Common Core is marketed to us as “a set of high-quality academic standards in mathematics and English language arts/literacy (ELA). These learning goals outline what a student should know and be able to do at the end of each grade.” (Core Standards Website). This sounds completely normal. This, I mean, really is a basic part of education – what kids should know and be able to do in school.
Common Core compared to educational systems around the world
A few years ago I posted about how I see common core running the US education system into a rat race where test scores are all that matter. I’ll be honest, I was being light on the situation as a whole. After all, it had yet to be implemented and I really thought states would be smart enough to let it die. Well, it didn’t. In most states, Common Core is here, being implemented and teachers are leaving their jobs and saying Kindergarten is about data and tests.
In India, Japan and China, places where there apparently there is a “level of success” in math and sciences, they have similar high-stakes tests. All of these countries have differing education systems, and, like-wise, the US is not following one of those countries either. But some similarities include:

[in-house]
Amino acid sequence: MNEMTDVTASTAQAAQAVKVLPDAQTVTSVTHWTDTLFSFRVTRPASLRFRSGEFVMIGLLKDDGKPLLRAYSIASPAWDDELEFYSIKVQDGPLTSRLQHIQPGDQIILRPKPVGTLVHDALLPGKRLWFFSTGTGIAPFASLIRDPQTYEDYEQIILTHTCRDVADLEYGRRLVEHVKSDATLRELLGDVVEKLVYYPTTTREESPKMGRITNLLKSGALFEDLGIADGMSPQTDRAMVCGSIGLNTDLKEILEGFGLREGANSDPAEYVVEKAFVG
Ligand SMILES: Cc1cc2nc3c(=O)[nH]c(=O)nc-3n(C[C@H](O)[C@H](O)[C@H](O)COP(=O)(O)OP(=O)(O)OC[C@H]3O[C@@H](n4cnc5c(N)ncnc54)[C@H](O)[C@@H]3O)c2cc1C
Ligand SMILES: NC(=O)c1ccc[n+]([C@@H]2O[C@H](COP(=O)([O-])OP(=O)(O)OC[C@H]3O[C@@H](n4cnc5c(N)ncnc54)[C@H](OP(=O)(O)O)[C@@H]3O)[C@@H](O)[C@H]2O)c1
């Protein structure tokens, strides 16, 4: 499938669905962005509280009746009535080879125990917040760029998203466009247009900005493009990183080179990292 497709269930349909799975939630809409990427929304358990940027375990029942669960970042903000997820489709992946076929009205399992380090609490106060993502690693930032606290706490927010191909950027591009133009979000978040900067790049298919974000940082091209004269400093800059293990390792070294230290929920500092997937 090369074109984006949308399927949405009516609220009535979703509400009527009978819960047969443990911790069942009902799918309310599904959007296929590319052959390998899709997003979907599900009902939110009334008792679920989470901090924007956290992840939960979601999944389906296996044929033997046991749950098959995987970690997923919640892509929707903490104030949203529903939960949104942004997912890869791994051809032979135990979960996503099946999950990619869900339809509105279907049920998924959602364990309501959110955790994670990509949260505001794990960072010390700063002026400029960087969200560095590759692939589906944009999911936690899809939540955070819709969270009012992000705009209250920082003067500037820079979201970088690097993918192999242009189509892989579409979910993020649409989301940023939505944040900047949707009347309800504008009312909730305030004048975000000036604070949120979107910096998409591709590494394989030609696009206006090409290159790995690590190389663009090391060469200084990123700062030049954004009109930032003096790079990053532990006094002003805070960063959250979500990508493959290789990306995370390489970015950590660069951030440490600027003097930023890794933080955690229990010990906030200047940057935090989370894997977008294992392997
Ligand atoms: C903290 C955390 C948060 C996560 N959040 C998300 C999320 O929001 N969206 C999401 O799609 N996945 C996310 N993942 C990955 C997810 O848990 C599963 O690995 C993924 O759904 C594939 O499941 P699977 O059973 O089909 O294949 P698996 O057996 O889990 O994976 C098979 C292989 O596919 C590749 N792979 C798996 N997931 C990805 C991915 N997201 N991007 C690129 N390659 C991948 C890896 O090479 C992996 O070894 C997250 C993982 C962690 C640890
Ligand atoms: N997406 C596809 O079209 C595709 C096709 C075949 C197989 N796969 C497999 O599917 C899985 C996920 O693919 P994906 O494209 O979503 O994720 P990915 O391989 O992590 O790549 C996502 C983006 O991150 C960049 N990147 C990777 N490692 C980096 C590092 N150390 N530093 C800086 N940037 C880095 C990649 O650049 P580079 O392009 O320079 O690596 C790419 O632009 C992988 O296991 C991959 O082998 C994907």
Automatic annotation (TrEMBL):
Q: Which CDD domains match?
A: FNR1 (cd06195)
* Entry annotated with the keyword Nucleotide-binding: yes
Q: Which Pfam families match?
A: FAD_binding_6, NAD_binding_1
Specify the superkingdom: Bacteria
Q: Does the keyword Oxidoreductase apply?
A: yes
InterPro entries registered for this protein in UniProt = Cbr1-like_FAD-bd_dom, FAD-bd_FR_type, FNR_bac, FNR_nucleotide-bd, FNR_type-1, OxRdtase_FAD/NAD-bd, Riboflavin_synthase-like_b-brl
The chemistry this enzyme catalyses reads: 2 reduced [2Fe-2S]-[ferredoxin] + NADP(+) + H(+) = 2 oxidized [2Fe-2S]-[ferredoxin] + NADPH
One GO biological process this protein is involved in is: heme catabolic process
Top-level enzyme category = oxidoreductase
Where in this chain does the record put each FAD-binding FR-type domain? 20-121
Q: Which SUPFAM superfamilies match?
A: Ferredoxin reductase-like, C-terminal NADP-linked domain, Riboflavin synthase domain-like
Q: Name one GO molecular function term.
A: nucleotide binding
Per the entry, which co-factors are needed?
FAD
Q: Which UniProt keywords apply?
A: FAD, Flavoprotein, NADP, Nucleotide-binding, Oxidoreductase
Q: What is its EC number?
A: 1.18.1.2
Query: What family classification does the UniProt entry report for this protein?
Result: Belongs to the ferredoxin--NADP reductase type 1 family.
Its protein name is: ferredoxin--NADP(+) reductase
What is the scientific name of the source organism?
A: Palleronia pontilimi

- yearly testing which takes away instructional time (in the US, common core testing takes away up to 3 weeks of instructional time each year) due to preparation, actual testing, loss of time in resource rooms because they’re computer-based tests, rotational testing so while other kids are in testing, some kids must wait “patiently”
- the tests clearly show that they’re meant to focus on further education or a direct to career after training (PARCC tests for example, which stands for Partnership for Assessment of Readiness for College and Careers)
- common curricula across all communities (while education, constitutionally was designed to be a state/local power, and NOT a federal power)
- curricula is written by contract writers for companies or the government
- a top-down, centralized approach to education based on need of employers
Now, why do I feel that common core could lead to a US version of the Hunger Games?